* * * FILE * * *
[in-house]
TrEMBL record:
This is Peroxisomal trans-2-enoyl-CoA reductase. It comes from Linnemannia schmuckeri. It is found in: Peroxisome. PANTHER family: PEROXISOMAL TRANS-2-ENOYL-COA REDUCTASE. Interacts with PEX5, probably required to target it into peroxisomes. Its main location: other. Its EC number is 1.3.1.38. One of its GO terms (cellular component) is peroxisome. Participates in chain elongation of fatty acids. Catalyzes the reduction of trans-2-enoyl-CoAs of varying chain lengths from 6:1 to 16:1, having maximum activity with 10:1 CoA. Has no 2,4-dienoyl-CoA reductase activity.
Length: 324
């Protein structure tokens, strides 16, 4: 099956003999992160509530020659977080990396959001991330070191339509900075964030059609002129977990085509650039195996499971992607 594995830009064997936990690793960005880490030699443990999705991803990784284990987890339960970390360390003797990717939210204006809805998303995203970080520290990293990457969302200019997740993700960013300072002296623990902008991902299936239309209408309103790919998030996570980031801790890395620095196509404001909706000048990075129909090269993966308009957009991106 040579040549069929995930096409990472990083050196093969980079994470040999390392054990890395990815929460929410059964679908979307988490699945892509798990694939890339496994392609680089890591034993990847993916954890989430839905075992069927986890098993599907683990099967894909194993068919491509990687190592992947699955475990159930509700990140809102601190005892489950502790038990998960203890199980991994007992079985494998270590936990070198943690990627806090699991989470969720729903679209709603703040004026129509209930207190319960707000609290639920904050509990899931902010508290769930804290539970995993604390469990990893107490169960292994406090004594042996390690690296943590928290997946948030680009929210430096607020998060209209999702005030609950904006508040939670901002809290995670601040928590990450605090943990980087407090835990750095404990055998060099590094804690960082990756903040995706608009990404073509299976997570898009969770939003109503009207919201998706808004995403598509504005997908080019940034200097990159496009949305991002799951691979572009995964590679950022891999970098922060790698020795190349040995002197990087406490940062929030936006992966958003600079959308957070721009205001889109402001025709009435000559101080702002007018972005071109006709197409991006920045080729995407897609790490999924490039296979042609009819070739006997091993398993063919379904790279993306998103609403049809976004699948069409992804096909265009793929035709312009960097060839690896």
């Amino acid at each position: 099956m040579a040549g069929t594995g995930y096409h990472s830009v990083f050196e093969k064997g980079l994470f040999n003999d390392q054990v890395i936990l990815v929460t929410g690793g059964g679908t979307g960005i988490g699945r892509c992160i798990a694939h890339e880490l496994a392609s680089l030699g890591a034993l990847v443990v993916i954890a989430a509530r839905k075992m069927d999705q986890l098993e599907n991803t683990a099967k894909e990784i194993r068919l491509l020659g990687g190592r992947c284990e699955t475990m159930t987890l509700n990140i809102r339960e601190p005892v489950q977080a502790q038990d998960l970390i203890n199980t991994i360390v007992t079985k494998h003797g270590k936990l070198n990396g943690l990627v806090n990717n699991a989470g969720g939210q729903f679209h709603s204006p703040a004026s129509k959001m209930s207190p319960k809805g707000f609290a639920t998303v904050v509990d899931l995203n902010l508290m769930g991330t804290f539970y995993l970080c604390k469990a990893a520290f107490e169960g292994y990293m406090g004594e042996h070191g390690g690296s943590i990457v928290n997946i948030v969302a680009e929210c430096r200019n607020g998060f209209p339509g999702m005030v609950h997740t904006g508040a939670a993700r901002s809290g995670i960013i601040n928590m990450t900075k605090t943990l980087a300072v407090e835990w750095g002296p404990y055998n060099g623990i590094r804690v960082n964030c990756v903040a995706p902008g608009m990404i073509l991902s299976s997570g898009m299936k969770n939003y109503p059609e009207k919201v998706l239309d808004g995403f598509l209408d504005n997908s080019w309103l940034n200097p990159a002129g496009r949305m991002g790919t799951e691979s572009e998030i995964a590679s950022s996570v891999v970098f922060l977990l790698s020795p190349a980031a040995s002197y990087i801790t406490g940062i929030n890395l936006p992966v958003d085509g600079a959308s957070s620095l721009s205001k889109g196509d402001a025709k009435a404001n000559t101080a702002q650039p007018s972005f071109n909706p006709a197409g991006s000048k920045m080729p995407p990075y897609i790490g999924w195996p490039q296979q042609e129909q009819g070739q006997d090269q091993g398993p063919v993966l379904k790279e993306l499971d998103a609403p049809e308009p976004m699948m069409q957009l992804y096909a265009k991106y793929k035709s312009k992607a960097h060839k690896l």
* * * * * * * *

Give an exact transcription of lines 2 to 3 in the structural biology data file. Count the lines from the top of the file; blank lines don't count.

TrEMBL record:
This is Peroxisomal trans-2-enoyl-CoA reductase. It comes from Linnemannia schmuckeri. It is found in: Peroxisome. PANTHER family: PEROXISOMAL TRANS-2-ENOYL-COA REDUCTASE. Interacts with PEX5, probably required to target it into peroxisomes. Its main location: other. Its EC number is 1.3.1.38. One of its GO terms (cellular component) is peroxisome. Participates in chain elongation of fatty acids. Catalyzes the reduction of trans-2-enoyl-CoAs of varying chain lengths from 6:1 to 16:1, having maximum activity with 10:1 CoA. Has no 2,4-dienoyl-CoA reductase activity.